Much has happened since we gave away B-Ju’s Dog Day EP in 2010, the first vinyl to come out on the Italo-German Error Broadcast label. Since the young producer from Hamburg released Prozac People last year (also on Error Broadcast), there has been a notable shift from electronic hip-hop beats to London-flavoured house sounds. The latest examples of his sound can be found on releases from Squelch & Clap and No Brainer.
So who is this B-Ju guy?
I’m a producer and DJ of electronic music, currently living in Hamburg, Germany. Besides music I work as a copywriter for advertising which is as boring as it sounds. I also read poets and hug trees.
What’s your first memory of music and how did you end up making music yourself?
The first thing I remember was the full music video of Thriller by Michael Jackson. I guess this memory had more to do with the fact that I was shitting myself than enjoying the music. When I first saw Mr. Len juggling his coloured records in Co-Flows „End to End Burners“ I wanted to become a DJ. Sounds like the beginning of a fairy tale, huh?!
More recently, there has been a change in your sound. Just one of the many sides of B-Ju?
I always heard and made music of different genres. My Dancing in your head record by Ornette Coleman is next to Ludacris’ What’s your fantasy, which isn’t contradictory to me. Even if the intellectual range is monolithic.
There is now a generation of producers that was influenced by videogame sounds, do you feel like a part of that?
I’m a kid of the 8-bit generation too, but I always were a ousider when it came to videogames. All of my friends owned Nintendo consoles, I was the only one with a Sega Mega Drive. But I wouldn’t say that sounds of the videogames influenced my music a lot even if you can hear some of them on my Dog Day EP. I think that most producers build on 8-bit sounds too much. That’s the reason why I never could relate to a genre that is defined by that specific sound.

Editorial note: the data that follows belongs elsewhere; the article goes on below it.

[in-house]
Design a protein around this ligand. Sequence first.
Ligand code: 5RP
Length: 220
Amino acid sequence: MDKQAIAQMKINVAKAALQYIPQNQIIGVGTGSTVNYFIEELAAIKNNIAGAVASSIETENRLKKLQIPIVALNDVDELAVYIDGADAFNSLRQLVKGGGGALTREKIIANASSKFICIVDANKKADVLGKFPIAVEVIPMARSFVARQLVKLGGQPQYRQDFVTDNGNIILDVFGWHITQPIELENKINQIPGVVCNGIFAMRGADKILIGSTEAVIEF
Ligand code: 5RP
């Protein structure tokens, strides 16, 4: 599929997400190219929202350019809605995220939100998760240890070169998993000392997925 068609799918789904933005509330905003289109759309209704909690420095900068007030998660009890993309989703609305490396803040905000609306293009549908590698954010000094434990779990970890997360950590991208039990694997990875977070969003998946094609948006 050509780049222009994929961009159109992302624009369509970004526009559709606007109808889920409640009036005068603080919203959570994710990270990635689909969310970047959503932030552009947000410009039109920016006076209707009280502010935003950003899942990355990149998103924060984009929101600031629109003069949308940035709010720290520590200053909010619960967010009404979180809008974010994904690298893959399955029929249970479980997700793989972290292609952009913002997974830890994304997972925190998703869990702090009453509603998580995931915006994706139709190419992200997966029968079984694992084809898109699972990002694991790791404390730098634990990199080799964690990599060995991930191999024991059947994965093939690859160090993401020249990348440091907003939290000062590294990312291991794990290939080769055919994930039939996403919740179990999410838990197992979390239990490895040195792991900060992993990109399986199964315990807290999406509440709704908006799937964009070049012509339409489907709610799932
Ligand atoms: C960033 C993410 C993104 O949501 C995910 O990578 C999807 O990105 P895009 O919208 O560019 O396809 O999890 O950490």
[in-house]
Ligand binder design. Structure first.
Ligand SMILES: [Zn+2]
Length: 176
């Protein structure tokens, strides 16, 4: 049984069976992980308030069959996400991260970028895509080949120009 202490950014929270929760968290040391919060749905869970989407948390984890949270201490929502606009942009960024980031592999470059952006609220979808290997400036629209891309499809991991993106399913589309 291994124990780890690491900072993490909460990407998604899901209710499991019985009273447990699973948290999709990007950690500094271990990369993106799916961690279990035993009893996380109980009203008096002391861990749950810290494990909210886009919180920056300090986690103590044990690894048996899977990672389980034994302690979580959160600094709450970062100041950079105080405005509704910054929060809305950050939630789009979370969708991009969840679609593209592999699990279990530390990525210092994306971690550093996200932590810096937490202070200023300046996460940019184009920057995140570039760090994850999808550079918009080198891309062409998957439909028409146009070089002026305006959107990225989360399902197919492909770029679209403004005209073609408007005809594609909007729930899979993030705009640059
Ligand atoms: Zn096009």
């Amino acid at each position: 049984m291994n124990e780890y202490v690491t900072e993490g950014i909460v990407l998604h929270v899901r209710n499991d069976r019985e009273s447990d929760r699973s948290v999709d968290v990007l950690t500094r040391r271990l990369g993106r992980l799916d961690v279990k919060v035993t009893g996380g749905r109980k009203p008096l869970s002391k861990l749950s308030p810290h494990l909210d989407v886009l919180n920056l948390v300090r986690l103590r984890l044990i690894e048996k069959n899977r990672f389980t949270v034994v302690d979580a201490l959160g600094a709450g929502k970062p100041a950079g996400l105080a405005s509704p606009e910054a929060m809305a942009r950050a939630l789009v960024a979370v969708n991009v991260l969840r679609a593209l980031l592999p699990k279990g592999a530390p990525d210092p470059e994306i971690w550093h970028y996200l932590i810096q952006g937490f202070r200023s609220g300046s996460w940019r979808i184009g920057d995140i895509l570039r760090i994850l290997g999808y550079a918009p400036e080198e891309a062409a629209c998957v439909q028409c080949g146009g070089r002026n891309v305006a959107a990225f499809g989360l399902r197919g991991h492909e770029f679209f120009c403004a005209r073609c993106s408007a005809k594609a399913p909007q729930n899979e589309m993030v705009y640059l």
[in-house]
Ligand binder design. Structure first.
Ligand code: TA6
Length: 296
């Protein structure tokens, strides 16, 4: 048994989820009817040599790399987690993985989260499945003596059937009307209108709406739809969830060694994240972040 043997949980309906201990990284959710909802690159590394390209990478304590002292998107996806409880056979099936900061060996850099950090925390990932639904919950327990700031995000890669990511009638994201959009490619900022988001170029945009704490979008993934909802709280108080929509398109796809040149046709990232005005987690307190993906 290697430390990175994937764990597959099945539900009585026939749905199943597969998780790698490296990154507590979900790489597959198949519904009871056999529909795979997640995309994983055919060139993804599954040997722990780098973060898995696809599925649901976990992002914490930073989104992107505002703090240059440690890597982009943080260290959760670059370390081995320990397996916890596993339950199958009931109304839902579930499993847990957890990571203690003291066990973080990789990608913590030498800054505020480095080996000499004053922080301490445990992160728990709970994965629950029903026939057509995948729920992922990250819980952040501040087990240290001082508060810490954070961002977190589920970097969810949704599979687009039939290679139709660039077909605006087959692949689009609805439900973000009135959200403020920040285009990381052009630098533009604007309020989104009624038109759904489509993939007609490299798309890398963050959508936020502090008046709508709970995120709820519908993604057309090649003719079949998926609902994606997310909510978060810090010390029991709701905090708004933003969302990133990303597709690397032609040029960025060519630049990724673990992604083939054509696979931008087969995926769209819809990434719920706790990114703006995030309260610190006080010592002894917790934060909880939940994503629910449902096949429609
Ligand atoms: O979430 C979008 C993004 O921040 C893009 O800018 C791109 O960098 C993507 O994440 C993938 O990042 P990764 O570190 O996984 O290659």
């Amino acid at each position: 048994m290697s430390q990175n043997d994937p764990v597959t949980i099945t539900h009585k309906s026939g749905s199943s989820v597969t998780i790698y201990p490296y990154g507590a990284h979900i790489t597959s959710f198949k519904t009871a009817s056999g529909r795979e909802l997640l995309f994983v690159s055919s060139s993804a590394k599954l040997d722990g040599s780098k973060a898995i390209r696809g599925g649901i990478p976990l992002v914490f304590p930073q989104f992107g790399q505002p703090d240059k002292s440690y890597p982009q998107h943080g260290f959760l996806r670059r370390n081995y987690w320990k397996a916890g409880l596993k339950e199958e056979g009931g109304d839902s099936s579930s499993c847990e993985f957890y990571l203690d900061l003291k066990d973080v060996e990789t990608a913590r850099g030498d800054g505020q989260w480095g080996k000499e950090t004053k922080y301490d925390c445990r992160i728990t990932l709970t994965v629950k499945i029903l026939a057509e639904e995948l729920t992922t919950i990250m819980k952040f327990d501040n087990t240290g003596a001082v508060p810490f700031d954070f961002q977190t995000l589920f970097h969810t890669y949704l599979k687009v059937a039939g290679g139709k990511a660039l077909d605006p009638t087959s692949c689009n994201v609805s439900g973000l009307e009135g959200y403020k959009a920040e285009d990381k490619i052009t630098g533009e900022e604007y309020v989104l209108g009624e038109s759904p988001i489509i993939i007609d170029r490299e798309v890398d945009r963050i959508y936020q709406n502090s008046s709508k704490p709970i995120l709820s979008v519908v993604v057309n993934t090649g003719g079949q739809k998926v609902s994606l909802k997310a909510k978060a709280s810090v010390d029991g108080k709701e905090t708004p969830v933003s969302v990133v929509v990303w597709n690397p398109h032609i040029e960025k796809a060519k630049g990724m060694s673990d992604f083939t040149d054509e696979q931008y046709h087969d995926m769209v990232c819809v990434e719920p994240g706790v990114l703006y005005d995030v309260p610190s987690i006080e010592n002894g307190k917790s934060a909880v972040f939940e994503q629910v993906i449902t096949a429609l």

You don’t see it often that producers release different styles under the same name. Was that a conscious decision?
Yes, it was a decision out of laziness. Promo-wise it’s probably not the best thing to release different styles of music under the same name. I still get messages from promoters like „Oh, I didn’t know that you doing club music now“. But I also start to realize that it seems to be to exhausting for people to stick to one genre. You are not a weirdo anymore if you like artists like Blawan and Shlohmo at the same. I think people are more honest about their own taste nowadays.
What are you up to next?
I’m doing some remixes and I want to release this strange record I’m working on right now. Don’t know when or where. Collabs are also planned, but I can’t say much about that right now. Playing live is a big issue for me, since a lot of people asked me about that. The thing is: I don’t want to be one of those „I trigger my tracks in Ableton, press the play button and add some random lazer effects“-musicians. That’s the reason why I want to take my time to build a live-routine.
How did you choose tracks for the mix?
When I record a mix I mostly try to choose tracks that I wouldn’t play in a club. For this particular mix I mainly took slow and deep house tracks that have a slight Hip-Hop twist. I like the idea of doing a coherent mix that listeners of all kind of genres could relate to.